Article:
Our assumption that bicuculline produced nearly a complete block of the gain modulating input, F i(fig. 1), has an effect on the accuracy of the amount of halothane-induced depression of both inputs. We feel relatively confident that the block was nearly complete because the bicuculline dose rate was increased until no further increase in F nwas observed compared to the prior dose rate. At the 2-MAC level the maximal dose rate was at least as large or larger than the maximal dose rate used at 1 MAC. It is possible that changes in halothane concentration may alter the affinity of bicuculline at the GABAAreceptor. However, it is known that halothane binds to a site (or sites) on a GABAAreceptor subunit that is distinct from the GABA recognition site. 29,30Thus, direct competition between halothane and bicuculline or GABA is not expected to occur. It has been suggested that the enhancement of GABA at the GABAAreceptor by volatile anesthetics is caused by an increased affinity of GABA at its recognition site. 31It may be possible that the competitive antagonist, bicuculline, may be similarly affected.
Effects of Volatile Anesthetics on Other Respiratory Neurons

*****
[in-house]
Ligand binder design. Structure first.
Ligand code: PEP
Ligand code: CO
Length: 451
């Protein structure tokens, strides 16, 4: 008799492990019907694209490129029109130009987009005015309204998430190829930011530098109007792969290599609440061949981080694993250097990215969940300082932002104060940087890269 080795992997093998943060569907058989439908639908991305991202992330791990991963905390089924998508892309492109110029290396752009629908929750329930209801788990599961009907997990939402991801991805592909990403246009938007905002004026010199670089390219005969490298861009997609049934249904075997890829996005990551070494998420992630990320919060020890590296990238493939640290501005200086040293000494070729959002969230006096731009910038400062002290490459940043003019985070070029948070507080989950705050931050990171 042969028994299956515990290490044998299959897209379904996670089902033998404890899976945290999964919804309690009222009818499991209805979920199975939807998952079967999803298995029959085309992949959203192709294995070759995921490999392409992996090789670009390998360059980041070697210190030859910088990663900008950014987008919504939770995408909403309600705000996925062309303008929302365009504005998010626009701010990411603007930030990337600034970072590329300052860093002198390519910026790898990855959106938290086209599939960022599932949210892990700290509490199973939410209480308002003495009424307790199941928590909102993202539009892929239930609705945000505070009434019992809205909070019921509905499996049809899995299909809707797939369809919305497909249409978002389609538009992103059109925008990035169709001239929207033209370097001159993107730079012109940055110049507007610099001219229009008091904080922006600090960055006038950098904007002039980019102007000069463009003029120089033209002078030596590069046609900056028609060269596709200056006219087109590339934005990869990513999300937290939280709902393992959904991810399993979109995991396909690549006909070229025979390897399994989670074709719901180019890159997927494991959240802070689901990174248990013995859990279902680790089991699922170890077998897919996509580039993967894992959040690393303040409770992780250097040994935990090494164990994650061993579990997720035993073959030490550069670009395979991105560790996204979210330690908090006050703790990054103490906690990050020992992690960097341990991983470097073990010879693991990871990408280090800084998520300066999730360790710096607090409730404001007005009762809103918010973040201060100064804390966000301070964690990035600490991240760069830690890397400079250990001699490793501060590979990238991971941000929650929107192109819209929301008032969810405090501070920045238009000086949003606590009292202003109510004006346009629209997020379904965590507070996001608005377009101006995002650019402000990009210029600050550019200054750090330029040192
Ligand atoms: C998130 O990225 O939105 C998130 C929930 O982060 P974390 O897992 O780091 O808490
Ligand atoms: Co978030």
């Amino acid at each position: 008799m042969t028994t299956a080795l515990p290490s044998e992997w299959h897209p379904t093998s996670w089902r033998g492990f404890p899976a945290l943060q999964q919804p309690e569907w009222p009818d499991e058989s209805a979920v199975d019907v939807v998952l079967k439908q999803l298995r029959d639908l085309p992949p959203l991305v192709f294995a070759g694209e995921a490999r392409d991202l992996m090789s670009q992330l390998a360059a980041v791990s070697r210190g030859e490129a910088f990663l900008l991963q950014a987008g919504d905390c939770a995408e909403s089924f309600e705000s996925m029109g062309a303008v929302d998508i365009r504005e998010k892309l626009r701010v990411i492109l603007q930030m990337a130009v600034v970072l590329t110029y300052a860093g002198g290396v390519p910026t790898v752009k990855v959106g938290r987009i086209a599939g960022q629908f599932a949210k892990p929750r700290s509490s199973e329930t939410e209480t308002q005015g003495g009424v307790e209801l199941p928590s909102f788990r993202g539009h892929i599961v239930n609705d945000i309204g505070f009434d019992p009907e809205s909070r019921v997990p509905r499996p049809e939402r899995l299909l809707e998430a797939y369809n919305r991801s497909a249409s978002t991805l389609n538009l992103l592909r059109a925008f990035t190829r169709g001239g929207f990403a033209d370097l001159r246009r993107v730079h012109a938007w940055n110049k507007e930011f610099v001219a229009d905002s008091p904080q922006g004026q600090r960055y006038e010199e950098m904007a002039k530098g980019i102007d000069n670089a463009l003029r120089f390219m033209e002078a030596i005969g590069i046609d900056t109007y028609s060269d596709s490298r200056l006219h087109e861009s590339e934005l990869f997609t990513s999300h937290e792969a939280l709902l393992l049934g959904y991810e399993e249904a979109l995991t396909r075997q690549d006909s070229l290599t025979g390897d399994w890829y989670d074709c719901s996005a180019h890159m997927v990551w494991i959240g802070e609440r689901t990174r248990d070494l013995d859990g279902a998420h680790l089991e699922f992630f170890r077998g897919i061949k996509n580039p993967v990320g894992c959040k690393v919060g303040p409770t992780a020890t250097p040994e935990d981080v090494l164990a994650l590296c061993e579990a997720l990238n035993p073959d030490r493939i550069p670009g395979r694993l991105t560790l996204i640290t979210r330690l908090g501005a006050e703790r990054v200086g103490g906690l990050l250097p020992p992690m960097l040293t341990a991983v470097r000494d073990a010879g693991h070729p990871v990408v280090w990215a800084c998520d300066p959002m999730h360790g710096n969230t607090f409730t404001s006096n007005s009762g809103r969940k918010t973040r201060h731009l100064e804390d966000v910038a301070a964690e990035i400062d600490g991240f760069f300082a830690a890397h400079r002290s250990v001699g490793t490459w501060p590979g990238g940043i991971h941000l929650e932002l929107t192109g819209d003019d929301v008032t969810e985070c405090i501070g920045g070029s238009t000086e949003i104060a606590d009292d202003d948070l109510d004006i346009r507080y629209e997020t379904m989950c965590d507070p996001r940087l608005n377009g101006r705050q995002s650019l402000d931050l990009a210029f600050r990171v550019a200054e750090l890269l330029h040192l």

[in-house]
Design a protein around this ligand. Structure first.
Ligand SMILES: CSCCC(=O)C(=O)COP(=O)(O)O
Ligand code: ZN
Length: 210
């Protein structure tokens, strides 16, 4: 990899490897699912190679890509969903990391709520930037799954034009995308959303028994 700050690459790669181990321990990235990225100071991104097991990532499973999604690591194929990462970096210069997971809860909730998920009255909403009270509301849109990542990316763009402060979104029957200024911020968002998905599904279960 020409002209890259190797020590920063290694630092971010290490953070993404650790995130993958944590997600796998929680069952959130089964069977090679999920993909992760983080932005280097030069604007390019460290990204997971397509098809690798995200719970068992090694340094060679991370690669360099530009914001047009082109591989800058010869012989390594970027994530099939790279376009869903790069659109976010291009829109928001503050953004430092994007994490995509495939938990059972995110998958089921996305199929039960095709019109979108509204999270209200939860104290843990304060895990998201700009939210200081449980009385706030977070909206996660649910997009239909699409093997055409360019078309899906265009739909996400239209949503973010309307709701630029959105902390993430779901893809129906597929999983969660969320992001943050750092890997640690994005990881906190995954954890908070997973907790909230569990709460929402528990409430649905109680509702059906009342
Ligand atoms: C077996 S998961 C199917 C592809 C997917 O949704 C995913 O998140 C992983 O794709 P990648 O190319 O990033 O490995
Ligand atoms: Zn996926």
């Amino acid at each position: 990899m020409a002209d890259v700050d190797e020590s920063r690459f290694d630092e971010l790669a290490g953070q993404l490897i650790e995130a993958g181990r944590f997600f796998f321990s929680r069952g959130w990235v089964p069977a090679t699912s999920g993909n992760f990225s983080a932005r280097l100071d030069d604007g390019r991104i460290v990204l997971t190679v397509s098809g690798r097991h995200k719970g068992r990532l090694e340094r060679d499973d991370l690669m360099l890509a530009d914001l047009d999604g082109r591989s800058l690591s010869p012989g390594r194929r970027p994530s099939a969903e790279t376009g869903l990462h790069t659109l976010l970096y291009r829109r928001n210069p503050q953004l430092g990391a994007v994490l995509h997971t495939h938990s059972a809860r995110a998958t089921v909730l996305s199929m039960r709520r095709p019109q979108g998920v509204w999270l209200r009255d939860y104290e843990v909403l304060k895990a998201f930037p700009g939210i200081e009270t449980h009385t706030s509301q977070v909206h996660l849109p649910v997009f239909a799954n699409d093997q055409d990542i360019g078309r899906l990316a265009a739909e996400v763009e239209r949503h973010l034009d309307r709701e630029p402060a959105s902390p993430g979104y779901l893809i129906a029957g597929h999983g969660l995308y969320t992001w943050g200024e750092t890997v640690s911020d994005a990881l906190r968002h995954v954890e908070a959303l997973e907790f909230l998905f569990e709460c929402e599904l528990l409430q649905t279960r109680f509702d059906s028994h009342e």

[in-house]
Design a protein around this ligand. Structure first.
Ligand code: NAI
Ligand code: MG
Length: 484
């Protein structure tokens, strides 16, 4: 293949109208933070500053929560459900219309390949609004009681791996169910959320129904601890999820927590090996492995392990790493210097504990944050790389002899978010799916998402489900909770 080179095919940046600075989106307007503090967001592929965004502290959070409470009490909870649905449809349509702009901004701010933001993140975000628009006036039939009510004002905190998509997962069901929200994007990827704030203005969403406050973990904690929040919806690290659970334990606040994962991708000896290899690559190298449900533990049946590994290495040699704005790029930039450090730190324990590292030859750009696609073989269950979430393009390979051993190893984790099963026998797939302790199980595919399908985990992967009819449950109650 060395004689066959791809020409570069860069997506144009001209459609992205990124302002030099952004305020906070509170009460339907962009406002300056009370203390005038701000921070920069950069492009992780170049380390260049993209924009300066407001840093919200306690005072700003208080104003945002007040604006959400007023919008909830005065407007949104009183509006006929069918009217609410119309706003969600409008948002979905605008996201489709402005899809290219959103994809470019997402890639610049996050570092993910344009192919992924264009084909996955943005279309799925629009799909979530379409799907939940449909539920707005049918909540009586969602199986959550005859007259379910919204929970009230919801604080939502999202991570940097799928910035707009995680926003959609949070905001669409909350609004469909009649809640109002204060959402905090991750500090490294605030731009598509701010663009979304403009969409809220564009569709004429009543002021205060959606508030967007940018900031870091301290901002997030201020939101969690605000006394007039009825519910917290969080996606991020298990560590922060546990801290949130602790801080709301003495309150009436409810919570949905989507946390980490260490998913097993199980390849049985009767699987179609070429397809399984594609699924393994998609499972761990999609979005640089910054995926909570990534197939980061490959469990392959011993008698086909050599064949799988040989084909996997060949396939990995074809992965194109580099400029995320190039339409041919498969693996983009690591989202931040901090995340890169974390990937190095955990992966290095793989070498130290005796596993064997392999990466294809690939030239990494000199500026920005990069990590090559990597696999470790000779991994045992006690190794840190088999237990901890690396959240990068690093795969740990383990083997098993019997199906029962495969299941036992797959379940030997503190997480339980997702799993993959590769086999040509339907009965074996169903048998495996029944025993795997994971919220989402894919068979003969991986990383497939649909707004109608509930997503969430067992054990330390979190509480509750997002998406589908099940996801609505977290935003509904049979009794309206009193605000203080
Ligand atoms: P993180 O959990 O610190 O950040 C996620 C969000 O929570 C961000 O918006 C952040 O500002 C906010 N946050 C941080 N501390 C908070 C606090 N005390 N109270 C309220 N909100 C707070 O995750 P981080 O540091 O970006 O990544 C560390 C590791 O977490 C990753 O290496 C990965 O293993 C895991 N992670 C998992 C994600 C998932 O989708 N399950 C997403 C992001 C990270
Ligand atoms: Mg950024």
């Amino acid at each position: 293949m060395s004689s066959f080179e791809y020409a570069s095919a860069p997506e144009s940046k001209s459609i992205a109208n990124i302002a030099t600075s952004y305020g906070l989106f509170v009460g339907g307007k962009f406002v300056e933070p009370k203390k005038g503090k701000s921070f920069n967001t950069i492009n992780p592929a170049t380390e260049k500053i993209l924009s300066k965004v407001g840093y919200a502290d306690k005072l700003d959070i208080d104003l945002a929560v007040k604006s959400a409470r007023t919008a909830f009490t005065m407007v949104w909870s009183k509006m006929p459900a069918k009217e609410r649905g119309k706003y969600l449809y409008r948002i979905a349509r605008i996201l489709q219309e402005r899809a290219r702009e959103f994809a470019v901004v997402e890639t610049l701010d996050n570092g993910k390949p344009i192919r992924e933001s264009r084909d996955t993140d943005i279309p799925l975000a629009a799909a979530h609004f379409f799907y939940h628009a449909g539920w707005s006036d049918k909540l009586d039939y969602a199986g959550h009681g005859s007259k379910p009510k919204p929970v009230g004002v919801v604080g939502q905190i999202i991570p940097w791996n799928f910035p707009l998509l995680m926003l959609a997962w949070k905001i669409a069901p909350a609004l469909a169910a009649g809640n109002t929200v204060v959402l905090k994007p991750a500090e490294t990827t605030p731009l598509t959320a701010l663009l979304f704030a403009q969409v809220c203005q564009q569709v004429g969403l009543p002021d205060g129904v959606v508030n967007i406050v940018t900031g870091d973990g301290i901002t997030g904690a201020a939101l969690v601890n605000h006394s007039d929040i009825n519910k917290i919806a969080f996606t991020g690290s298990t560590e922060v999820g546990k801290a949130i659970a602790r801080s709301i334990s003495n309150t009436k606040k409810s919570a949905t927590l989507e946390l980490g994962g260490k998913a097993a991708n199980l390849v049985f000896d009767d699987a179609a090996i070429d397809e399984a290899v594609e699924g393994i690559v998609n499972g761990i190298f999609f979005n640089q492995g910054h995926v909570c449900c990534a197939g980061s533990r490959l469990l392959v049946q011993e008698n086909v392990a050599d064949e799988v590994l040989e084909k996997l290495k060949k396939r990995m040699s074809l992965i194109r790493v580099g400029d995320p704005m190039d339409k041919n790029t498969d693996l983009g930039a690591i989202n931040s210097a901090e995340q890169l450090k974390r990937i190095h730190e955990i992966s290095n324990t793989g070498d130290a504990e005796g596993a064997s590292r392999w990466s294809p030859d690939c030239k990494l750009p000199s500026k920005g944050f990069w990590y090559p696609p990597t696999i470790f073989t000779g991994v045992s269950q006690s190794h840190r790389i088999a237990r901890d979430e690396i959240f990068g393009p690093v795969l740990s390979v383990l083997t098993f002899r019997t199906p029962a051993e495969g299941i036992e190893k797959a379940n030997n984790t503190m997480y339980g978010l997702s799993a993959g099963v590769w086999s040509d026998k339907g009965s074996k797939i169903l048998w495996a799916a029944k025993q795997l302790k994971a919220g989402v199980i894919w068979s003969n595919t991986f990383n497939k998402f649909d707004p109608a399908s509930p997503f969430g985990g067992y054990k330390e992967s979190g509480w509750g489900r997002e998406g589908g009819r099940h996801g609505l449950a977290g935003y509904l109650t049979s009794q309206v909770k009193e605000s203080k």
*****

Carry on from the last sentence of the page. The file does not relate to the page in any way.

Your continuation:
Only a few studies describe the effects of volatile anesthetics on brainstem respiratory neurons. 21,22,32–37In most cases, well-defined, steady-state conditions, in terms of volatile agent concentration, were rarely established. Doi's group 36,37compared the dose-dependent depressant effects of three volatile anesthetics on inspiratory brainstem neurons in the cat, but the exact function of these neurons was not ascertained. Tabatabai et al. 33found that halothane decreased the discharge frequency of the inspiratory neurons in decerebrate cats throughout the anesthetic exposure and the anesthetic effects were readily reversible. Takeda et al. 34,35used short, 90-s exposures of 2% halothane in decerebrate cats while performing both intra- and extracellular recordings of propriobulbar respiratory neurons. This transient halothane exposure caused only a 25% depression in peak phrenic nerve activity, which is only a third of the magnitude of depression produced during steady-state conditions. Halothane decreased synaptic noise and membrane potential fluctuations in all of the respiratory neurons that were tested. This included both expiratory and inspiratory propriobulbar neurons, but their exact functions were not determined. Furthermore, the membrane responses were not uniform. A third of neurons were depolarized by the anesthetics even though neuronal discharge frequency decreased. About 15% of neurons were hyperpolarized and exhibited a uniform decrease in neuronal discharge frequency. However, in the majority of neurons, no change in membrane potential was observed. Grelot and Bianchi 32found that the combination of background anesthesia with a volatile anesthetic exerts profound depressant effects on distinct subgroups of brainstem respiratory neurons, where many of the neurons stopped firing already at halothane concentrations below 1 MAC.